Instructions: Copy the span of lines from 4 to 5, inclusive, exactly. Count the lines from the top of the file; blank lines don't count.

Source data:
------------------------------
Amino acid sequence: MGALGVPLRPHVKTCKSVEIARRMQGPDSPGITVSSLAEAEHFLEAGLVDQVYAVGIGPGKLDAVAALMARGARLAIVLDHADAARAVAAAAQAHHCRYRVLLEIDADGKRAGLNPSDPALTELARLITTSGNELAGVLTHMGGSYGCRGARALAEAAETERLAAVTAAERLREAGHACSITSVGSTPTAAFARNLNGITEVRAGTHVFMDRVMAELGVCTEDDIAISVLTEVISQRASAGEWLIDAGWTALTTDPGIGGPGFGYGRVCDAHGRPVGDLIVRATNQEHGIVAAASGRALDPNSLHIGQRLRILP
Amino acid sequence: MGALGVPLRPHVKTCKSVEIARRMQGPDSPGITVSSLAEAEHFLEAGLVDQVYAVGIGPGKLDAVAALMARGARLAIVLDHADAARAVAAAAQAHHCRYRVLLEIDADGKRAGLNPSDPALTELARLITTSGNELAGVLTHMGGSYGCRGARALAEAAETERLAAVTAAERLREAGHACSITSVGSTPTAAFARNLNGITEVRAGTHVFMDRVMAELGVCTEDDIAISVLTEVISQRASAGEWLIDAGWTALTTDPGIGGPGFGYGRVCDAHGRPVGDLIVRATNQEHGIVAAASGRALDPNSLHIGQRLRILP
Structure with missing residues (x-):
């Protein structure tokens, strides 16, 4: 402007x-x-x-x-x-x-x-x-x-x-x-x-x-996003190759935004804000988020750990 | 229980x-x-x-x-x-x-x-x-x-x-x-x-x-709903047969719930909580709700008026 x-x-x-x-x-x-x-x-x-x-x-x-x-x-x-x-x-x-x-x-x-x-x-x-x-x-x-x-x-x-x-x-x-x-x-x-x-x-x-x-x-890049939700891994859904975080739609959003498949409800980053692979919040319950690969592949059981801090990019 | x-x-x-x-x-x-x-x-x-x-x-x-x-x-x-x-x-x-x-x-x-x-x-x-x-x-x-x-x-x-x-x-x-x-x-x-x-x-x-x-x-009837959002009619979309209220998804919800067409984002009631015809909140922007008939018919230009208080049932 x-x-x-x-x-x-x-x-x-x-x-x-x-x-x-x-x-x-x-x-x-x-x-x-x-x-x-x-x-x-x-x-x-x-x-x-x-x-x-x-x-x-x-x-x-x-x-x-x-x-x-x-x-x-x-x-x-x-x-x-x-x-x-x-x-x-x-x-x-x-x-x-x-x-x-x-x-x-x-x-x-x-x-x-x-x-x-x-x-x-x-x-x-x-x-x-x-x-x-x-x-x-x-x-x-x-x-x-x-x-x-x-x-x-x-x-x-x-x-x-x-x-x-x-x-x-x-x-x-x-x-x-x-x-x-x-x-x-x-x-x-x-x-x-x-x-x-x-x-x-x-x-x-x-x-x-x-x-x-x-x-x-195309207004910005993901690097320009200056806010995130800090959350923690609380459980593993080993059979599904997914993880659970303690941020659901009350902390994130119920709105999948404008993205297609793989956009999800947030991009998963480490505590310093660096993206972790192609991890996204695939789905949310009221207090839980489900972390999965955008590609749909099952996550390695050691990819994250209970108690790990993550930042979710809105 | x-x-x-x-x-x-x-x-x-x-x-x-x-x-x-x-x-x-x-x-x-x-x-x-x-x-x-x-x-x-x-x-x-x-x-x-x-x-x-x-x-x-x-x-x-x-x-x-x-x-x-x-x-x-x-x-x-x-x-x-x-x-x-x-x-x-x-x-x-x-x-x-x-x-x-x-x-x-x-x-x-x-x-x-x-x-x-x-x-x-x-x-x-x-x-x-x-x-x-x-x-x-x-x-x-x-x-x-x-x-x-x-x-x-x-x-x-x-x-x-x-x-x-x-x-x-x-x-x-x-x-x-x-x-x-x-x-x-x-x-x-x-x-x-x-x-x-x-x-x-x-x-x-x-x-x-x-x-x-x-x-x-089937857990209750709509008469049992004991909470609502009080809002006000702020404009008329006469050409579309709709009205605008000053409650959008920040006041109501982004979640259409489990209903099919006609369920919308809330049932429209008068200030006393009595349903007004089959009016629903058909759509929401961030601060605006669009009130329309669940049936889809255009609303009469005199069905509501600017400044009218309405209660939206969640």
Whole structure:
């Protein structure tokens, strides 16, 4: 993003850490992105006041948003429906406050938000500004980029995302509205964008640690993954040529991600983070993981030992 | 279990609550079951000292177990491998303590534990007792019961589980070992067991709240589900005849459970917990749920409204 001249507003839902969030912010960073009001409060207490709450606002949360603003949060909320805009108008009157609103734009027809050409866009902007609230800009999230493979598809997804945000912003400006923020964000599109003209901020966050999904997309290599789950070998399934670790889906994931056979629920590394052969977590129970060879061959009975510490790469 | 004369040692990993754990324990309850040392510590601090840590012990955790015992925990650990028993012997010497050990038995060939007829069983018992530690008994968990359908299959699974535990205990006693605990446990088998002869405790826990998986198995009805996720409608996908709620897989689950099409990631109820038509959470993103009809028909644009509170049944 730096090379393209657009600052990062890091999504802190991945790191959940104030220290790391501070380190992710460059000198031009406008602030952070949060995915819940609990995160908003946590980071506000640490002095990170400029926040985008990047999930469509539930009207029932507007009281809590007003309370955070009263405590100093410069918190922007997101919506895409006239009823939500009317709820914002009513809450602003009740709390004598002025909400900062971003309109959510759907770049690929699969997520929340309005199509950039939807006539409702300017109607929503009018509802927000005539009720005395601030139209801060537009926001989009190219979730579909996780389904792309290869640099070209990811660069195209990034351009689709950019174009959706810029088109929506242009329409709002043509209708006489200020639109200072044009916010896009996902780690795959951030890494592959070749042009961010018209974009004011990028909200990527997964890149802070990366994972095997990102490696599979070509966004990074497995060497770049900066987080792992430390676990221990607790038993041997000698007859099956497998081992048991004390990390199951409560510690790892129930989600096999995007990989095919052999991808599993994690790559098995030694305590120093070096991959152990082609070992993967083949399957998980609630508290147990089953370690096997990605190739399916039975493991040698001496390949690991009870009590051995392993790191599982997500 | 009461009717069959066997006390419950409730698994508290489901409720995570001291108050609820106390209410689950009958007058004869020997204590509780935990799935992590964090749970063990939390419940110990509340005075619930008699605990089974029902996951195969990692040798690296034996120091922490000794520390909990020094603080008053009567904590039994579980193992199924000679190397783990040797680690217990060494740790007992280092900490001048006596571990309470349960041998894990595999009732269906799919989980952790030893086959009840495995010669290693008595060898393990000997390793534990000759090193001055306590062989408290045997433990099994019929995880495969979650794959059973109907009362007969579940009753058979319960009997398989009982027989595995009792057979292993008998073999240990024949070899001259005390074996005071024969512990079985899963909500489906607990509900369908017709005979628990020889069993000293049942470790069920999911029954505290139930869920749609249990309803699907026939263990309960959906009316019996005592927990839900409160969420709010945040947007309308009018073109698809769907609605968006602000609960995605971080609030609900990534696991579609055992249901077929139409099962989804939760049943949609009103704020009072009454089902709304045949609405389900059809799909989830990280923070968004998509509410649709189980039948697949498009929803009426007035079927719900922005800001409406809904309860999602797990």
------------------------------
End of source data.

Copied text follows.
């Protein structure tokens, strides 16, 4: 402007x-x-x-x-x-x-x-x-x-x-x-x-x-996003190759935004804000988020750990 | 229980x-x-x-x-x-x-x-x-x-x-x-x-x-709903047969719930909580709700008026 x-x-x-x-x-x-x-x-x-x-x-x-x-x-x-x-x-x-x-x-x-x-x-x-x-x-x-x-x-x-x-x-x-x-x-x-x-x-x-x-x-890049939700891994859904975080739609959003498949409800980053692979919040319950690969592949059981801090990019 | x-x-x-x-x-x-x-x-x-x-x-x-x-x-x-x-x-x-x-x-x-x-x-x-x-x-x-x-x-x-x-x-x-x-x-x-x-x-x-x-x-009837959002009619979309209220998804919800067409984002009631015809909140922007008939018919230009208080049932 x-x-x-x-x-x-x-x-x-x-x-x-x-x-x-x-x-x-x-x-x-x-x-x-x-x-x-x-x-x-x-x-x-x-x-x-x-x-x-x-x-x-x-x-x-x-x-x-x-x-x-x-x-x-x-x-x-x-x-x-x-x-x-x-x-x-x-x-x-x-x-x-x-x-x-x-x-x-x-x-x-x-x-x-x-x-x-x-x-x-x-x-x-x-x-x-x-x-x-x-x-x-x-x-x-x-x-x-x-x-x-x-x-x-x-x-x-x-x-x-x-x-x-x-x-x-x-x-x-x-x-x-x-x-x-x-x-x-x-x-x-x-x-x-x-x-x-x-x-x-x-x-x-x-x-x-x-x-x-x-x-x-195309207004910005993901690097320009200056806010995130800090959350923690609380459980593993080993059979599904997914993880659970303690941020659901009350902390994130119920709105999948404008993205297609793989956009999800947030991009998963480490505590310093660096993206972790192609991890996204695939789905949310009221207090839980489900972390999965955008590609749909099952996550390695050691990819994250209970108690790990993550930042979710809105 | x-x-x-x-x-x-x-x-x-x-x-x-x-x-x-x-x-x-x-x-x-x-x-x-x-x-x-x-x-x-x-x-x-x-x-x-x-x-x-x-x-x-x-x-x-x-x-x-x-x-x-x-x-x-x-x-x-x-x-x-x-x-x-x-x-x-x-x-x-x-x-x-x-x-x-x-x-x-x-x-x-x-x-x-x-x-x-x-x-x-x-x-x-x-x-x-x-x-x-x-x-x-x-x-x-x-x-x-x-x-x-x-x-x-x-x-x-x-x-x-x-x-x-x-x-x-x-x-x-x-x-x-x-x-x-x-x-x-x-x-x-x-x-x-x-x-x-x-x-x-x-x-x-x-x-x-x-x-x-x-x-x-089937857990209750709509008469049992004991909470609502009080809002006000702020404009008329006469050409579309709709009205605008000053409650959008920040006041109501982004979640259409489990209903099919006609369920919308809330049932429209008068200030006393009595349903007004089959009016629903058909759509929401961030601060605006669009009130329309669940049936889809255009609303009469005199069905509501600017400044009218309405209660939206969640």
Whole structure: